Inspiration and the way it's interpreted into a fragrance are an interesting subject that's quite popular among the perfume sniffing crowd. When Christopher Chong, the creative director of Amouage, conceived Honour Man he looked into Puccini’s opera Madame Butterfly.
Honor, betrayal, turn-of-the-century Japanese style and death. Some of it is more appetizing than the rest, and the haunting music of the opera are not necessarily the stuff dreamy perfumes are made of. But Amouage Honour Man is actually a lot less dramatic and tragic. Well, once the extra dose of black pepper calms down.
Pepper is, indeed, a big part of the story in Amouage Honour Man. The opening is like sticking your nose in one of those multi-color pepper mills and taking a big whiff. I love it. Soon after things turn into a peppery wood, peppery sheer incense and even more wood. It keeps me interested with all kinds of little turns and twist, like a piece of wood in a George Nakashima table. Honour Man is organic yet polished and smells very precise and thoughtfully blended. That's why I enjoy so many Amouage perfumes: no matter what they put in them, the result tends to smell like a million dollars.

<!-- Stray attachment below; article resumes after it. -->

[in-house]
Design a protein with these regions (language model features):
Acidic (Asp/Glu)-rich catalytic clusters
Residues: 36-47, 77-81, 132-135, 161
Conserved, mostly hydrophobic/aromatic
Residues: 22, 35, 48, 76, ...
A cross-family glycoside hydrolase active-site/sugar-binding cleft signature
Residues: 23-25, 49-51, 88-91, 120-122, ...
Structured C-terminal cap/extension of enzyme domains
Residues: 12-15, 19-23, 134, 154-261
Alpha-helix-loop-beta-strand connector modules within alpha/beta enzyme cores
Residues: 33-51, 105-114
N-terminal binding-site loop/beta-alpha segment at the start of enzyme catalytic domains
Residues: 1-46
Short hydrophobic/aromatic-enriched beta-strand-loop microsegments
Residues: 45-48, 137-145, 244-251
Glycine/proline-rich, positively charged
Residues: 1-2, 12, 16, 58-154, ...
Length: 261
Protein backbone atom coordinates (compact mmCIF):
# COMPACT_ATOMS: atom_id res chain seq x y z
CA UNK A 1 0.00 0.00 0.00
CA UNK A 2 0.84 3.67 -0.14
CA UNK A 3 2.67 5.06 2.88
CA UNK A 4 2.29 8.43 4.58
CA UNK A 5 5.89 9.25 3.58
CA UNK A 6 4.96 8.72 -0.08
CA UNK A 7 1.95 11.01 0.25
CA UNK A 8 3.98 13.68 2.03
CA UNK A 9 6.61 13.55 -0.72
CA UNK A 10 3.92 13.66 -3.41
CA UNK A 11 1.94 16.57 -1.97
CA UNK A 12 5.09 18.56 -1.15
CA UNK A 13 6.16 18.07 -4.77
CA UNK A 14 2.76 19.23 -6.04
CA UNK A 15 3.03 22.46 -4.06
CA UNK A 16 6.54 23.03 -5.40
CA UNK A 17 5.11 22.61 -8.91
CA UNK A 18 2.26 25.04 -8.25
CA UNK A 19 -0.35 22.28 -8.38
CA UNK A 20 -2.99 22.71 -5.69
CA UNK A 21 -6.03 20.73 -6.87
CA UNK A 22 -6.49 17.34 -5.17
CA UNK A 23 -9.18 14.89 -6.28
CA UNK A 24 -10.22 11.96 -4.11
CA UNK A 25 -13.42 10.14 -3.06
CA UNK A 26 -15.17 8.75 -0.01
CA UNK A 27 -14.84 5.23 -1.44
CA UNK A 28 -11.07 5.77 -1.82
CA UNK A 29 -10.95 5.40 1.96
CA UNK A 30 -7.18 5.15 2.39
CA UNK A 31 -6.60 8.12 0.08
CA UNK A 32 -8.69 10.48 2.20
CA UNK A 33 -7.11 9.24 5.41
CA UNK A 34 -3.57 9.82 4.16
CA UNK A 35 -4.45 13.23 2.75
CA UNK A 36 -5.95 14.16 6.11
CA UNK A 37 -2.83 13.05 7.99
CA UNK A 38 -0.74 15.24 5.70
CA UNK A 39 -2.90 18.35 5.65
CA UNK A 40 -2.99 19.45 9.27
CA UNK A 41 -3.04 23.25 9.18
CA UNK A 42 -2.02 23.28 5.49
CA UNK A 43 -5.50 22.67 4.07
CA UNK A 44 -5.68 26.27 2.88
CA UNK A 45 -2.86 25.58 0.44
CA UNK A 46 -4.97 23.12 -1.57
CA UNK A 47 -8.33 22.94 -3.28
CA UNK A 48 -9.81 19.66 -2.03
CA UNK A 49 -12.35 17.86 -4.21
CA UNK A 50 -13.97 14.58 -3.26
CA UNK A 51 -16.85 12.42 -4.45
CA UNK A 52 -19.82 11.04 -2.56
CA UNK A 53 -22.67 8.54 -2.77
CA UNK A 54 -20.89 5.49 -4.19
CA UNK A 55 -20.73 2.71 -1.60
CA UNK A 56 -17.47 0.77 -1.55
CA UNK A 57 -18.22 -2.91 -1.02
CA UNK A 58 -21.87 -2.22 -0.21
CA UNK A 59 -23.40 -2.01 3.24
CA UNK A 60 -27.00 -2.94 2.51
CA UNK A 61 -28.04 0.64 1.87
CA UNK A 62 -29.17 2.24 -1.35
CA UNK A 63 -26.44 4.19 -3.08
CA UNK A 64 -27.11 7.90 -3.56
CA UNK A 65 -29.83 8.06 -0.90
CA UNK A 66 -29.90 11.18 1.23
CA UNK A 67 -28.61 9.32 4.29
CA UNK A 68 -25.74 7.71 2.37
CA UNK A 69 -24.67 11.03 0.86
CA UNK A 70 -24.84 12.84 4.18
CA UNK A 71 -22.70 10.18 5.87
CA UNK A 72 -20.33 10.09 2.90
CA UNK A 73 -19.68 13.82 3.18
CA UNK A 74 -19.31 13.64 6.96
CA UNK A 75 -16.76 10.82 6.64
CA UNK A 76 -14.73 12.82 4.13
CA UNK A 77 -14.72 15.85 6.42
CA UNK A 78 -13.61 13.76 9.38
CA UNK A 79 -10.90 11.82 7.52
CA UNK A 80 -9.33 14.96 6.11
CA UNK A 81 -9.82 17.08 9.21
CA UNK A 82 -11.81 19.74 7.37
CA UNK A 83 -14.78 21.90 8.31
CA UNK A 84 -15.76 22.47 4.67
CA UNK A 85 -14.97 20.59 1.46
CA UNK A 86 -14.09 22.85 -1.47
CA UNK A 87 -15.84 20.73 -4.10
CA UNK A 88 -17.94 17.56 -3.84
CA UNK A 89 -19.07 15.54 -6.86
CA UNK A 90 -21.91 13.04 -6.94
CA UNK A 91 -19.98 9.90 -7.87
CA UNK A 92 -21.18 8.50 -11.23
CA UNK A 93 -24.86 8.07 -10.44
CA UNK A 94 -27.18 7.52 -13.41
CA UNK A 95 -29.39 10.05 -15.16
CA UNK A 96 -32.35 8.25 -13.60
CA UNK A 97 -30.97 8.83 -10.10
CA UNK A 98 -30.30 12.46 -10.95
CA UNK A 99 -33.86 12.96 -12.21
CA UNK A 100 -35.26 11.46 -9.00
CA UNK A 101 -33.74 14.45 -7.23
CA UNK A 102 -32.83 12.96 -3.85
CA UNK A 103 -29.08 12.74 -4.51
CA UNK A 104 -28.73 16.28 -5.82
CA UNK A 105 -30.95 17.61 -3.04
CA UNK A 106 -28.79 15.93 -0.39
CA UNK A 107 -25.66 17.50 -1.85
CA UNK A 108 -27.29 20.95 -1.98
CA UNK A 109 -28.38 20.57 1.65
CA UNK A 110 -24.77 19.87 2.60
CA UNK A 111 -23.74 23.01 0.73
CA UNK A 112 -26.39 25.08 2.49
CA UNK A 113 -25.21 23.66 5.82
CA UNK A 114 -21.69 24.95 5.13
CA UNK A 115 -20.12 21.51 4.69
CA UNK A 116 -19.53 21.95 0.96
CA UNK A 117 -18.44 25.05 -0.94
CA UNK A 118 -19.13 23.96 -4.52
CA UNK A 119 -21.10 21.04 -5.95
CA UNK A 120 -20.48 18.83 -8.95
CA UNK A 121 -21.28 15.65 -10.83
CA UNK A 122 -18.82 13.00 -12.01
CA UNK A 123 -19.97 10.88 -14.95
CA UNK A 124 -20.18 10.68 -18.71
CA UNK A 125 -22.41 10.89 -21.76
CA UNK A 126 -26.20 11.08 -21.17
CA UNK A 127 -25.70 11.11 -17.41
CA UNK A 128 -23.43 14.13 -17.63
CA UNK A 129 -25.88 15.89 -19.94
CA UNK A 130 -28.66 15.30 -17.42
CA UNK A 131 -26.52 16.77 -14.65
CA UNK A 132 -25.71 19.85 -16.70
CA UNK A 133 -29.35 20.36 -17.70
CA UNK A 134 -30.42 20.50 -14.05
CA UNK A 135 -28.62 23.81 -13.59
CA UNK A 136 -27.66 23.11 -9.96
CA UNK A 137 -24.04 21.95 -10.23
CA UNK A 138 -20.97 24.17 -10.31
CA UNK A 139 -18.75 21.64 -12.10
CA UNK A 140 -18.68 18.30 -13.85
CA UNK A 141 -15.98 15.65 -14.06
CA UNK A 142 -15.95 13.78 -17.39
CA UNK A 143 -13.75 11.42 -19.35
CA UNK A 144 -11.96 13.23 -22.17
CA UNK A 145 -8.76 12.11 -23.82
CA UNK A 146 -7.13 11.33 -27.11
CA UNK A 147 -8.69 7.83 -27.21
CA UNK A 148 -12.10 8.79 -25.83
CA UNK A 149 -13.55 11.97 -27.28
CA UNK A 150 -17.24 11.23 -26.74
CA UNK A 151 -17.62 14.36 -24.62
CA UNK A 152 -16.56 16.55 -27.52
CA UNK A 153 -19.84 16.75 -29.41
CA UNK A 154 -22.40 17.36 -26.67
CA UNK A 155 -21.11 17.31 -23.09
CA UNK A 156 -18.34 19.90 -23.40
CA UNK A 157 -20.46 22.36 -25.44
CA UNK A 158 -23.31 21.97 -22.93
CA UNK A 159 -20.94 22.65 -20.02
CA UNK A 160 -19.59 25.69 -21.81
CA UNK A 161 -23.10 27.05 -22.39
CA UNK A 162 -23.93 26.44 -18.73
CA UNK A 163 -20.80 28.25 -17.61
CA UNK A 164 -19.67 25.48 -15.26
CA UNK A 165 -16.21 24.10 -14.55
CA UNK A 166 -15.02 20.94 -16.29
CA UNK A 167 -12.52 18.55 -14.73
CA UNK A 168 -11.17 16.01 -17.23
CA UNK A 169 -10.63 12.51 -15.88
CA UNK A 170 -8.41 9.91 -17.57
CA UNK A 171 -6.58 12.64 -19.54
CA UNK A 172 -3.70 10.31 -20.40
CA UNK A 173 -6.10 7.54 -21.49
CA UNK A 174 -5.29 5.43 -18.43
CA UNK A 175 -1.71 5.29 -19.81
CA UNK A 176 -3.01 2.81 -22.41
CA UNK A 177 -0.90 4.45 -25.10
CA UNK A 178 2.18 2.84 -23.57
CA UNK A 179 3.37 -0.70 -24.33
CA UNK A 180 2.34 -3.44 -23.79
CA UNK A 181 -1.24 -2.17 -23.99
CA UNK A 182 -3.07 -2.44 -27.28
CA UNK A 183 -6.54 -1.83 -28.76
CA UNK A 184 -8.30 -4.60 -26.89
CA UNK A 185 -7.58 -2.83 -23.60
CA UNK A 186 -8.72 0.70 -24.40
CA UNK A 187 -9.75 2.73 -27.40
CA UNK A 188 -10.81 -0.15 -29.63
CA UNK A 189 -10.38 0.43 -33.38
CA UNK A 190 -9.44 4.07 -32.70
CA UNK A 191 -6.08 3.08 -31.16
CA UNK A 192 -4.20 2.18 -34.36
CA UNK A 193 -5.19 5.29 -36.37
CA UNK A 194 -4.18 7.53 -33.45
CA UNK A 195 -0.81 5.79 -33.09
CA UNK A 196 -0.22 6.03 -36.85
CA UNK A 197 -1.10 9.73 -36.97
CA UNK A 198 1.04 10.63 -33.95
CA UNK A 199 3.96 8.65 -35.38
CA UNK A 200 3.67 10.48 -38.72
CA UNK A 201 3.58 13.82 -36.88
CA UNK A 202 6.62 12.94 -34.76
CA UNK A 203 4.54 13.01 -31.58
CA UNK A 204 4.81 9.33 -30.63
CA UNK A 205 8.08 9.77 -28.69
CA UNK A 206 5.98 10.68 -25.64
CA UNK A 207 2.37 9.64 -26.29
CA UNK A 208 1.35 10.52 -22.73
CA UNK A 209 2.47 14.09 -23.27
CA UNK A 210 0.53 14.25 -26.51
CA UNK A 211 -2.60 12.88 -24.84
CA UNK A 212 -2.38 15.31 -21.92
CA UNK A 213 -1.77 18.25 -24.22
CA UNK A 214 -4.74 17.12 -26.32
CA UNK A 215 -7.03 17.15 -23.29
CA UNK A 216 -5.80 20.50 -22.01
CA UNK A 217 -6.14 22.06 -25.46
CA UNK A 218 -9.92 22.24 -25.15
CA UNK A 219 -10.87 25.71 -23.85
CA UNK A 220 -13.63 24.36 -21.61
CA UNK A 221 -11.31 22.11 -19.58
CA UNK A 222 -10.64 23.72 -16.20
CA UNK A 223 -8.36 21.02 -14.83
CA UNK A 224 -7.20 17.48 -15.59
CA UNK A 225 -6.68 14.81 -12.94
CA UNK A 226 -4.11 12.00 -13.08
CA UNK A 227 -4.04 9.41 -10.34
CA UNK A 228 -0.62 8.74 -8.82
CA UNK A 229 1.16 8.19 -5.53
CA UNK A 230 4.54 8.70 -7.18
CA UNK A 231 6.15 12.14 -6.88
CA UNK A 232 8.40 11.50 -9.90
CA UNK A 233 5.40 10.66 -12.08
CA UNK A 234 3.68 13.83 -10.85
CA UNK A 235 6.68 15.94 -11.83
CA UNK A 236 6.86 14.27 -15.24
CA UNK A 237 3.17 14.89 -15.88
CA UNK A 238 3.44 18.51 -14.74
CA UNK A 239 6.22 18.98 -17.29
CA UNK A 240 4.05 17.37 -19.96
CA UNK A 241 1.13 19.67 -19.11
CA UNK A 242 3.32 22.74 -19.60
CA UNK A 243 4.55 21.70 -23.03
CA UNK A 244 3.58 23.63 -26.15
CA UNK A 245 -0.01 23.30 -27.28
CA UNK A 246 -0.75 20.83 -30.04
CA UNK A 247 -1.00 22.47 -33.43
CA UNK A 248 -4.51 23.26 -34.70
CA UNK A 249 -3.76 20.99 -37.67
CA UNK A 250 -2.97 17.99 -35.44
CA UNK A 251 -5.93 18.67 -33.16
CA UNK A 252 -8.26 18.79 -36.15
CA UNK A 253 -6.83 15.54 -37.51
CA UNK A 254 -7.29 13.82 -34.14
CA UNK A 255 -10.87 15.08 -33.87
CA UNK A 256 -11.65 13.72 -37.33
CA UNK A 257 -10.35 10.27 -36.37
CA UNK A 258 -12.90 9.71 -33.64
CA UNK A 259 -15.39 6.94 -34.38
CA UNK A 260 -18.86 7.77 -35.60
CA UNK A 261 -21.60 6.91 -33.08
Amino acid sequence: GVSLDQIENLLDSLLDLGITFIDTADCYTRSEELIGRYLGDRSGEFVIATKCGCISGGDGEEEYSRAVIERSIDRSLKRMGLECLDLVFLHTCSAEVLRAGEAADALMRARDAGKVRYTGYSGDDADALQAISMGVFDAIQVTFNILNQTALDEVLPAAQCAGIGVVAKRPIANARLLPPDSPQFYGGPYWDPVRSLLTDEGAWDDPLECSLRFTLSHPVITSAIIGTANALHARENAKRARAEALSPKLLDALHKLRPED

The late dry-down is sweeter and lust-worthy. The blend becomes almost vanillic. Amouage Honour Man is smooth and suave. I can actually imagine Cary Grant wearing it, though probably not in 1932 when he starred in Madame Butterfly. He was still a fresh-faced studio boy at the time, 28 year old and not quite as Cary Grant as he'd become. Women who love incense and wood scent and don't mind a big helping of spice are very likely to enjoy it just as much.
Amouage Honour Man ($225, 50ml) is available from MiN NY, Aedes, Luckyscent, Bergdorf Goodman and Amouage boutiques around the world. The samples for this review were provided by MiN NY free of charge.
Photos of Cary Grant in Madame Butterfly from doctormacro.com and carygrant.net.
Notes: Pink pepper, black pepper, geranium, elemi, nutmeg, patchouli, frankincense, cedarwood, vetiver, tonka bean, musk.